Friday, June 19, 2009

The MMOB Daily Quote - Lou Gehrig

Henry Louis "Lou" Gehrig (June 19, 1903 – June 2, 1941)

In addition to being the second "Lou" in as many days, today's subject of
The MMOB Daily Quote is now a cherished American baseball icon who was known as The Iron Horse for his durability and dependability on the field. His exploits are legendary, and as a member of The Bronx Bombers (that's the New York Yankees for you non-baseball fans out there) he played alongside Babe Ruth, was voted the American League MVP twice and helped win the World Series Championship six times.

As great a player as he was, it was his tragic exit from the game that cemented him in the hearts and minds of the world. After showing signs for half a season, Gehrig was diagnosed with
amyotrophic lateral sclerosis (ALS) on June 19, 1939, his 36th birthday. ALS was later dubbed Lou Gehrig's Disease in his honor. His famous retirement speech two days later is the stuff of legend. Here is the text of that speech, which was recreated so pointedly by Gary Cooper in the the film The Pride of the Yankees.

"Fans, for the past two weeks you have been reading about the bad break I got. Yet today I consider myself the luckiest man on the face of the earth. I have been in ballparks for seventeen years and have never received anything but kindness and encouragement from you fans.

"Look at these grand men. Which of you wouldn’t consider it the highlight of his career just to associate with them for even one day? Sure, I’m lucky. Who wouldn’t consider it an honor to have known Jacob Ruppert? Also, the builder of baseball’s greatest empire, Ed Barrow? To have spent six years with that wonderful little fellow, Miller Huggins? Then to have spent the next nine years with that outstanding leader, that smart student of psychology, the best manager in baseball today, Joe McCarthy? Sure, I'm lucky.

"When the New York Giants, a team you would give your right arm to beat, and vice versa, sends you a gift — that’s something. When everybody down to the groundskeepers and those boys in white coats remember you with trophies — that’s something. When you have a wonderful mother-in-law who takes sides with you in squabbles with her own daughter — that's something. When you have a father and a mother who work all their lives so that you can have an education and build your body — it's a blessing. When you have a wife who has been a tower of strength and shown more courage than you dreamed existed — that's the finest I know.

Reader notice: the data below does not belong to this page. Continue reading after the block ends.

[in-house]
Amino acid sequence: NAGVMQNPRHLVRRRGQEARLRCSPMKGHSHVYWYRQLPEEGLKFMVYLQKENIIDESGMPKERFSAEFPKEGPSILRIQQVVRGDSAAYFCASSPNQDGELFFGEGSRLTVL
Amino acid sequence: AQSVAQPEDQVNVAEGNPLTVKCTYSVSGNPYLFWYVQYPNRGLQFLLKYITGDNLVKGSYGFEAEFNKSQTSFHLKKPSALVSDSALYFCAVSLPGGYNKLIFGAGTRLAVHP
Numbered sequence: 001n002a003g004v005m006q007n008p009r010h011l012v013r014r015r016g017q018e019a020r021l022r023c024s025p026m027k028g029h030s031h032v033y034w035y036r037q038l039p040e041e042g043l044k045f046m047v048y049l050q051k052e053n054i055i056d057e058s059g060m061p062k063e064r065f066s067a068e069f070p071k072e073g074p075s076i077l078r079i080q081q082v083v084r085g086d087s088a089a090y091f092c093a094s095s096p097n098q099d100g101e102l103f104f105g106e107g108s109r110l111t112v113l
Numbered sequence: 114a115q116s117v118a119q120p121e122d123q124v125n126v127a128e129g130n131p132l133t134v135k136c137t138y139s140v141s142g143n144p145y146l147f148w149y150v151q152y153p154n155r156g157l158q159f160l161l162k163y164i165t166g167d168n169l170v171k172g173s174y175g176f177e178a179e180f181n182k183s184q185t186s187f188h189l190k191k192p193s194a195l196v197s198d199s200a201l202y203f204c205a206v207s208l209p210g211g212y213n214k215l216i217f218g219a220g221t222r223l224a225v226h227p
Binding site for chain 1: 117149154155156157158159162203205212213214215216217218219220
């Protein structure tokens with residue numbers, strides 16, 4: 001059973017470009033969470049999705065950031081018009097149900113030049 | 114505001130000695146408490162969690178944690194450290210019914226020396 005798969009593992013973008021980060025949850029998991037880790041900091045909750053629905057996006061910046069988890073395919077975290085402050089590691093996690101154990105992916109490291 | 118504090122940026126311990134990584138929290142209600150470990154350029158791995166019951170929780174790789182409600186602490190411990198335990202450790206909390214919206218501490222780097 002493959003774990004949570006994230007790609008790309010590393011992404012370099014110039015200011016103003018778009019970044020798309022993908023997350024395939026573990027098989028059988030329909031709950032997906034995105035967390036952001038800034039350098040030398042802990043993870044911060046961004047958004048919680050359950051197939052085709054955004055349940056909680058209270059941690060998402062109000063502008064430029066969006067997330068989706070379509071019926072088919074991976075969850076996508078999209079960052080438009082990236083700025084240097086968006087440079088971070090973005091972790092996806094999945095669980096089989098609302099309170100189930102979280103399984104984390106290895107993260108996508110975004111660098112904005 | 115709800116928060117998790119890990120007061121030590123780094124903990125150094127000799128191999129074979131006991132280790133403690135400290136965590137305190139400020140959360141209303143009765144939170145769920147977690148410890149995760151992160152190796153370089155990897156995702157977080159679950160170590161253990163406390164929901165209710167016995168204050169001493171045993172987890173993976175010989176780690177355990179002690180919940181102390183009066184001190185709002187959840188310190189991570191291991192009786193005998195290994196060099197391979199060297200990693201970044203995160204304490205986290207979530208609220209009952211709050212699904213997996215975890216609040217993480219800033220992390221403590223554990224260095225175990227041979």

"So I close in saying that I might have been given a bad break, but I've got an awful lot to live for. Thank you."

Here's the speech as done by Mr. Cooper.

And now, some quotes from Lou Gehrig to get our Friday morning off to a great start.

"We were mighty short on infielders in those days."

"Lets face it. I'm not a headline guy. I always knew that as long as I was following Babe to the plate I could have gone up there and stood on my head. No one would have noticed the difference. When the Babe was through swinging, whether he hit one or fanned, nobody paid any attention to the next hitter. They all were talking about what the Babe had done."

"I might have had a tough break, but I have an awful lot to live for."

"In the beginning I used to make one terrible play a game. Then I got so I'd make one a week and finally I'd pull a bad one about once a month. Now, I'm trying to keep it down to one a season."

"The ballplayer who loses his head, who can't keep his cool, is worse than no ballplayer at all."

"There is no room in baseball for discrimination. It is our national pastime and a game for all."

"What are you going to do? Admit to yourself that the pitchers have you on the point of surrender? You can't do that. You must make yourself think that the pitchers are just as good as they always have been or just as bad."

Cheers! - Jason

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